I don’t have the answer. I realized recently, after wading into the comment fray on a Huffpost video that bugged me, that I was totally suckered. The video, a radical feminist think-piece (I use that word with some trepidation) was designed to piss EVERYONE off. So I got lots of likes, some “go you” comments, and some incoherent but virulent attacks. Blah. And I said to myself, “You know, self, you walked right into that one.” But I could also say, “Well, self, that makes you human because that video was designed to suck you in. You have not yet reached enlightenment.”

*I propagate the crap out of my political/social beliefs, but I generally relegate them to my blog  FB Page so the more conservative of my peeps are not spammed into oblivion by my stuff. My main FB feed is for general musing, kid pics, kid humor, whining, and mostly benign stuff. This is a personal decision. It may or may not make me a good FB citizen. It doesn’t really help my mental tidy all that much since I’m still reading all that stuff. Re-posting may be a way of expelling the attendant emotions. That would be interesting research. Nerd.

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Pilot Blah

Gah.

Dedoose is not the right software for my research. Using just a spreadsheet will kill me. So now I’m looking at a student license for NVivo which has way more stuff to deal with social media data. Good news: it’s only around $100 for a one year student license. Bad news: after that I have to pony up around $1500 for a full copy if I want to keep using it. More gah. But maybe I’ll just worry about that bit later. First rule of dissertation club: FINISH THE FUCKING DISSERTATION.

I’ve taking a break for a few days because I’m busy and on steroids for my asthma (Thanks, Austin) and it’s wreaking havoc with my sleep. Also insert a kid stomach flu and separate emergency room visit, and having to migrate my upcoming class from Blackboard to Canvas, and there goes my week. My family is coming to visit next week for my daughter’s 6th birthday, which will be fun but likely will not result in finishing my pilot in the next week.

I’m also stalled out on writing my CV and teaching statement because I really have no idea what the hell I’m doing, but I need to get it done. There are some cool jobs open right now and I need to apply for them. No pressure.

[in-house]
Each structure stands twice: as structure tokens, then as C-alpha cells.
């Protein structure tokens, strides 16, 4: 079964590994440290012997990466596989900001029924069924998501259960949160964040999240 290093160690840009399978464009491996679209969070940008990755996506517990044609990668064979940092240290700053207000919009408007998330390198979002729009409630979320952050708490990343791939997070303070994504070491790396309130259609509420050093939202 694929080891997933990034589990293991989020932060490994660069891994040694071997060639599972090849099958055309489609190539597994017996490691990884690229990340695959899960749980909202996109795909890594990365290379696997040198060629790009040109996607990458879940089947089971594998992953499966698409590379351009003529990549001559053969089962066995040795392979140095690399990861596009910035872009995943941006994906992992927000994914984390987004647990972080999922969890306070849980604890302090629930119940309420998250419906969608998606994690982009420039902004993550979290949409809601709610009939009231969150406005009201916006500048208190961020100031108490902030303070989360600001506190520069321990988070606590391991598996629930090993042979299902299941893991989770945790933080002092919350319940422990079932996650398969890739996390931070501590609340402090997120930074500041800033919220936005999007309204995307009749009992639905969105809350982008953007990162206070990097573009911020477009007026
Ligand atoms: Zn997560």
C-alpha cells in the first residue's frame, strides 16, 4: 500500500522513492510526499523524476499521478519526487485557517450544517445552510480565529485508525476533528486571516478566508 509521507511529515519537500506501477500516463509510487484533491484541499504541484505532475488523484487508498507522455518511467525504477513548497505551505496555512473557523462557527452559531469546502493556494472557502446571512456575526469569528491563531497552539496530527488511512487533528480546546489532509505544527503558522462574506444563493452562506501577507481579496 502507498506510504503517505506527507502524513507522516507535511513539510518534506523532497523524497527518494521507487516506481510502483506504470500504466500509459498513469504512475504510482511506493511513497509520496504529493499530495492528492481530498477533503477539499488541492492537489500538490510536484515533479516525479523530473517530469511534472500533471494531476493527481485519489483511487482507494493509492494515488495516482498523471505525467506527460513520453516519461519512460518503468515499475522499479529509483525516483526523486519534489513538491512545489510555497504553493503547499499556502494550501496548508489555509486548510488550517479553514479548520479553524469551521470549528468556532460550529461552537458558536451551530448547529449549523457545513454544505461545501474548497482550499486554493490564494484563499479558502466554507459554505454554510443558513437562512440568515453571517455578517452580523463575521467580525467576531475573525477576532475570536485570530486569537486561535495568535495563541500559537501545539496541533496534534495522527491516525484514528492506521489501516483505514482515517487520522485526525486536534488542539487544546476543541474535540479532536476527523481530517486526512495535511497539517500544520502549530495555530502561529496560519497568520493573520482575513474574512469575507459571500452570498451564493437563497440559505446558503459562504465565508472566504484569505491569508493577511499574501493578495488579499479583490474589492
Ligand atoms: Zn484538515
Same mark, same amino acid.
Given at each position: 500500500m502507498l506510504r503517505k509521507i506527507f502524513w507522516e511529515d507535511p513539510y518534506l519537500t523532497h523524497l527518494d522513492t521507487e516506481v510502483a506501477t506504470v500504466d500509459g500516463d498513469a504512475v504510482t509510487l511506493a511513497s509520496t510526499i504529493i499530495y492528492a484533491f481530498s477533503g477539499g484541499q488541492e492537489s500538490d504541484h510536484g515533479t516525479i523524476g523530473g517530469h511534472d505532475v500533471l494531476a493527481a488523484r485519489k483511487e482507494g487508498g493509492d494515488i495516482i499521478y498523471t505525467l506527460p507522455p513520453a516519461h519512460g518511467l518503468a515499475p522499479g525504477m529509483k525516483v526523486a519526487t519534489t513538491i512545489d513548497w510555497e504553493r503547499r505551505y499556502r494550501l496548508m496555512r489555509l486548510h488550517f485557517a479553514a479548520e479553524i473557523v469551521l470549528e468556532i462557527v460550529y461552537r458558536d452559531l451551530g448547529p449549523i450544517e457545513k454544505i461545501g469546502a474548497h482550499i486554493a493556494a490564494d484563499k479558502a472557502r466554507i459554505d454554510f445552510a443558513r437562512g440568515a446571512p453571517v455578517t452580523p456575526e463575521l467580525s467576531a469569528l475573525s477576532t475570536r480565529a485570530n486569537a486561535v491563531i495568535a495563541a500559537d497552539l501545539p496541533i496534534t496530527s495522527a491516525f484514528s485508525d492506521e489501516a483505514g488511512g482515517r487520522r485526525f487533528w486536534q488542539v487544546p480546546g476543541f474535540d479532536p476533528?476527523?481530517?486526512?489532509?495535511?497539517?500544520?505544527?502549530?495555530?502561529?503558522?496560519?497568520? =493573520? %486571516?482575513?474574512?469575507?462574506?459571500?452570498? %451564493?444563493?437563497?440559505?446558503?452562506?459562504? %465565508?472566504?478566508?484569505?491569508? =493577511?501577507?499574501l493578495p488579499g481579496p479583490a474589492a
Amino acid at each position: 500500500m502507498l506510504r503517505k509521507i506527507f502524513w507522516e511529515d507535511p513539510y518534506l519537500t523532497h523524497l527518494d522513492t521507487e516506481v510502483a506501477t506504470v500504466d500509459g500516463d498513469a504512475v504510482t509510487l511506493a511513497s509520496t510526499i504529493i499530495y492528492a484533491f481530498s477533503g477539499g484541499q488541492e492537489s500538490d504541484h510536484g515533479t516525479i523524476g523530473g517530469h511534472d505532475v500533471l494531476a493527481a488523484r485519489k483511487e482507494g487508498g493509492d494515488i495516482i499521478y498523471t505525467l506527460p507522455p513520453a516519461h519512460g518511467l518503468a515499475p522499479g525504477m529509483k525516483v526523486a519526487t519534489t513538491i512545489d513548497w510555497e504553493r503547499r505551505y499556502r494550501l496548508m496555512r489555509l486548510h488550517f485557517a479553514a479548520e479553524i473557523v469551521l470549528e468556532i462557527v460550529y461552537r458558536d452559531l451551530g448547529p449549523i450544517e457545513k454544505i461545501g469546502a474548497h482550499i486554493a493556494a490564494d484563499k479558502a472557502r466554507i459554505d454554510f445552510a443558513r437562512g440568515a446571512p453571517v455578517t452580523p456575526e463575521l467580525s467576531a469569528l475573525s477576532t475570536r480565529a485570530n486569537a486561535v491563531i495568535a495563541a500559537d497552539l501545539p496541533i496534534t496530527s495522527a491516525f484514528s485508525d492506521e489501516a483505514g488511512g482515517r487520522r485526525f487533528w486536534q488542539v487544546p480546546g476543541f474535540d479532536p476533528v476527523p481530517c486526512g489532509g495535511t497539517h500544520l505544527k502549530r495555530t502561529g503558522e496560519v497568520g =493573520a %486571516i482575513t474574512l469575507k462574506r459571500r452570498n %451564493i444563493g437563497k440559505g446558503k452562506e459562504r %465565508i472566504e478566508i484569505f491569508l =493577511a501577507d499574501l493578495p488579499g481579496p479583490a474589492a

I’m glad I’m keeping the password-protected thinky blog, because it helps me figure out where I’ve been in my thinking on the pilot data. I have a tendency to have these “ahah” moments over and over again and think that it’s the first time, Memento style. I think I’m getting somewhere with the mortality/fear stuff. It will be part of my thematic analysis, after I do the more granular discourse/psychodynamic stuff.

I have people I can reach out to for a lot of this stuff, but I have a tendency to curl up in a ball when I’m overwhelmed, which is antithetical to reaching out. I need to reach out. Nobody has to do all this shit alone.

I find that all the thinking I’m doing about psychodynamic stuff is also changing how I look at myself and my relationships. I find that I’m trusting my intuitions a lot more–checking out my reactions rather than just sorting them into rational/non-rational buckets. This may change the nature of some of my relationships, and is a pain in the ass when I’m triggered and I need my denial thank you very much, but I mostly like it. I like having a deeper connection between my feelings and my mind. It makes me more compassionate and better able to draw good boundaries.

Meanwhile, I need to take care of my poor bod and let it heal from the garbage that has infested my lungs. And switch up my hair color. Priorities.

Big Sigh: The difference between self-shaming and self-acceptance

I read an article on Huffpost a couple nights ago and became full of ragey, judgy feelings. The title alone is totally cringe-worthy: Yes I’m Fat. But Why Is That All Anyone Sees?. Ugh. Just, ugh.

The author talks about how becoming fat has made her invisible, or judged, or reviled by others, obscuring her accomplished past as a journalist, athlete, expat, and parent. She feels vulnerable to the perceived (but rarely given) criticisms and judgements of others. She assumes that her fat body makes it impossible for others to think that she has had any kind of life beyond slamming oreos and bacon.

I’m trying to feel for her; I really am. But she demonstrates a trope in the body-acceptance/weight discrimination movement that I’m mightily tired of. “I can’t be okay until everyone in the whole world stops having judgmental thoughts about me! Fat discrimination is ruining my life, because it makes it impossible for me to love myself!” <–these are made up quotes that summarize the underlying message I’ve gotten from many activists and bloggers.